In Great Britain many are disposed to blame the Labor Government for the economic straits in which the country has been placed, but the situation would have been little different no matter who controlled the government. The stark fact is that Britain is over populated and cannot provide for her own needs, and no longer has an empire to support her. This is but an illustration of the fact that world commerce will no longer function under the old monetary systems of exchange. Suddenly, the world family of nations have been thrust upon each other to be cared for, and the outmoded machinery of world economy is not equal to the occasion.

In this state of crisis there is a wild clamor for advantage, each nation or group of nations endeavoring to gain a controlling position in the new world setup. It is this struggle for power which may eventually unleash the atomic bomb and lead to the climax of what the prophet foretold as a “time of trouble, such as never was since there was a nation.” (Dan. 12:1) The extremity of the nations may not become sufficiently acute in 1950 to precipitate this “hot” war. It may take several years for the pent up needs and supposed needs of the people to erupt into the third World War. But with half the world starving, and the other half not willing to share their bounties except upon the basis of miserly charity, the explosion is sure to come; and those who are being guided by the prophecies of God’s Word will be wise to chart their course consistent with what they know is coming.

In the beginning of this article, we quoted from the pen of Mr. W.T. Holliday, President of the Standard Oil Company of Ohio. This eminent business man sees the threat of a third World War, and his only hope of averting it is that enough pressure can be brought to bear upon the United Nations organization to induce it to form a world government, backed up by a world police force given jurisdiction over the affairs of all nations in matters pertaining to armies and armament. He visualizes all the nations of the earth as forming a gigantic union similar to the United States of America. Just as the various states in the United States do not go to war with each other, so presumably the nations of earth, when controlled by a federal world government, would also keep the peace. Mr. Holliday states that “nothing else under the sun offers us the slightest chance of avoiding war.”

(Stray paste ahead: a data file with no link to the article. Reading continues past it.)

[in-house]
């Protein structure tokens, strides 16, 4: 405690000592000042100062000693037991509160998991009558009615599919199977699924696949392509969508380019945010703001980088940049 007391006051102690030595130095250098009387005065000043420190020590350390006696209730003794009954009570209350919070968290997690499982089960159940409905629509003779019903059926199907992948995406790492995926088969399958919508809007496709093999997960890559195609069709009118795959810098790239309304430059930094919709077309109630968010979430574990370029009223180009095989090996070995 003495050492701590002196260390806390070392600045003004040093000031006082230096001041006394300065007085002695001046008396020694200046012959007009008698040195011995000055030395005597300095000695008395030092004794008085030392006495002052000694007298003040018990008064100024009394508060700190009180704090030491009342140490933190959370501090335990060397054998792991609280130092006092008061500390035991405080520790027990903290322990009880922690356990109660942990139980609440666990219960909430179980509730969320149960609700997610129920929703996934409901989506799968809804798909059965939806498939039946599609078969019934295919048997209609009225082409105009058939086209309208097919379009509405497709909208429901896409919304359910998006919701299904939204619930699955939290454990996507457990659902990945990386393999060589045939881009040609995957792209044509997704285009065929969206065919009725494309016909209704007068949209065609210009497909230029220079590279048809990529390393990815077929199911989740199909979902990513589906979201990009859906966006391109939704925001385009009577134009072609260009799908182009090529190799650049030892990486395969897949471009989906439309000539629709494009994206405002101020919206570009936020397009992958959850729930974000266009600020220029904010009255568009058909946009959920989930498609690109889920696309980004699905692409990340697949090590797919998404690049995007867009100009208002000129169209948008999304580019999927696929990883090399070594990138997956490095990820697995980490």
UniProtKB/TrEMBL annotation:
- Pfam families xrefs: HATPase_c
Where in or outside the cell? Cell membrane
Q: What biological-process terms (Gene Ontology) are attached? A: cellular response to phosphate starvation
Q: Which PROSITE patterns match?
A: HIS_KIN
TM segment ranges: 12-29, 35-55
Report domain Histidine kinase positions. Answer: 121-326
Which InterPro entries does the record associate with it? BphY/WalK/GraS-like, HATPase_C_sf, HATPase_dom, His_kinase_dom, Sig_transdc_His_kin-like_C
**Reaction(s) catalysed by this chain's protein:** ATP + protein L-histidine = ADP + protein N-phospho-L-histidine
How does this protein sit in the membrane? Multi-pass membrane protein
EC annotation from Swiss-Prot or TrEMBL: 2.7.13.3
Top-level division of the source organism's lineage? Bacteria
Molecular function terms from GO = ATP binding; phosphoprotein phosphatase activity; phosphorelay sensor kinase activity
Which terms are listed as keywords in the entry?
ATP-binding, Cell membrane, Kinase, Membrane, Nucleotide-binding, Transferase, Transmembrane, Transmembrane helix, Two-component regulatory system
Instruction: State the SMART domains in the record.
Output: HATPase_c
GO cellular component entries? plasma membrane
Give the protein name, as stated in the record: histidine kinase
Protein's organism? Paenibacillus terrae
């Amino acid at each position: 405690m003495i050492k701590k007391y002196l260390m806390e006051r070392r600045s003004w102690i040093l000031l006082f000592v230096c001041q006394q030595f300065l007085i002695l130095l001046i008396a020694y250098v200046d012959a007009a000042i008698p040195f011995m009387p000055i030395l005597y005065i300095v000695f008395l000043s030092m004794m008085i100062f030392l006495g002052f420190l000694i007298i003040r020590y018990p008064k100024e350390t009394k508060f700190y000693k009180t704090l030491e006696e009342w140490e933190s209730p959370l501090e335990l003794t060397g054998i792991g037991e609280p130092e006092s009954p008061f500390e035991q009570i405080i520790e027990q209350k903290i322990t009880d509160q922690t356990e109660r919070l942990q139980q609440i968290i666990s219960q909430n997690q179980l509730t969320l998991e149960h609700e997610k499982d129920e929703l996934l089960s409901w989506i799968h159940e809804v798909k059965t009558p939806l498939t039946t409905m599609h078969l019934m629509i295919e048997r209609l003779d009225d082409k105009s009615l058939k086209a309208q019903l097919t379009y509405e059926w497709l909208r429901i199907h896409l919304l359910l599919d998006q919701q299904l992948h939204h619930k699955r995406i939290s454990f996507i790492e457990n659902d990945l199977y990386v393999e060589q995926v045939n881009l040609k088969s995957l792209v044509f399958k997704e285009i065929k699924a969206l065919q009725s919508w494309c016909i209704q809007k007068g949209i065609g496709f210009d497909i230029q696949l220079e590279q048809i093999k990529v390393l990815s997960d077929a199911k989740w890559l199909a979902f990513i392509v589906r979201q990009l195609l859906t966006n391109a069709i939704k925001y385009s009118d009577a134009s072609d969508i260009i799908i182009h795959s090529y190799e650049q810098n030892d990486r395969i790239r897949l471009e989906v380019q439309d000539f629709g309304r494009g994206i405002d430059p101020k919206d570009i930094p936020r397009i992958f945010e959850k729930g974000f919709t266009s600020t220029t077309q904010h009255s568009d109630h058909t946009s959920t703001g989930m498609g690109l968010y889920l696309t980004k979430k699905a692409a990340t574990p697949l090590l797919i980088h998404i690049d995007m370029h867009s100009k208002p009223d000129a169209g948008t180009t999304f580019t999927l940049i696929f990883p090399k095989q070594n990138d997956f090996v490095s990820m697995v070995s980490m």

Mr. Holliday admits that even a world government might very well fail to keep the peace, for there would be no way to force all nations to join the federation and submit to its control over their armies and munitions of war. So here, too, is that inevitable big “if.” Russia, it is thought, would be the one major power that would hold aloof from a federated world government, but the effort should be made to get Russia into the federation, Mr. Holliday claims, even if there is only one chance in a million that it will be successful. This, as Mr. Holliday sees it, would be the one chance in a million that another war can be averted.

Prophetically, we know what to expect, for we read, “Associate yourselves, and ye shall be broken.” (Isa. 8:9) But this does not mean the end of all hope for the world, for the certainty of human failure gives meaning to the promises of God to establish a world government according to a plan which he has devised, a government, the success of which will be guaranteed by divine power. It is even the kingdom of Christ. Concerning it the Prophet Isaiah wrote, “And the government shall be upon his shoulder.” (Isaiah 9:6) There will be no “ifs” as to whether or not this divine, world government will succeed, for we are assured that all nations will yield to its control. “Many nations shall come, and say, Come, and let us go up to the mountain [kingdom] of the Lord, … and he will teach us of his ways, and we will walk in his paths.”—Micah 4:1,2

Thus, when we know from the Word of God what the final outcome of the present world crisis is to be, our hope is based upon much more than that one chance in a million that a humanly devised plan for world peace will succeed. With this better hope on which to build,—this hope that is based upon the promises of God—we can look ahead through 1950 with confidence, knowing that just beyond the final outburst of human passions that will wreck civilization, the “King of kings, and Lord of lords” will be recognized as the rightful ruler of the world, and that through the righteous administration of his kingdom, “the desire of all nations shall come.”—Haggai 2:7

It is a glorious prospect to have before us during 1950, and every year. The joy resulting from a knowledge of the divine plan pertaining to Christ’s kingdom soon to be manifested to the world, should overflow to the comfort and joy of others. Let us tell our neighbors about it—tell them not to fear, that even though the atomic bomb may be used, and though millions may be destroyed by it, the resurrection power of the Lord will restore them to life, and, during the thousand years of his reign, give them an opportunity to live forever.

Money will not save the world. Power politics will only hasten its destruction. Conflicting ideologies lead more and more to chaos. Human selfishness stands in the way of every man-made effort to save the world from destruction. But, thank God, there is a way out—it is the way of the kingdom—Christ’s kingdom—that kingdom which God has assured us will be established. That is why we can continue to say to all, that the world’s hopes for the future are as bright as the promises of God.

Dawn Bible Students Association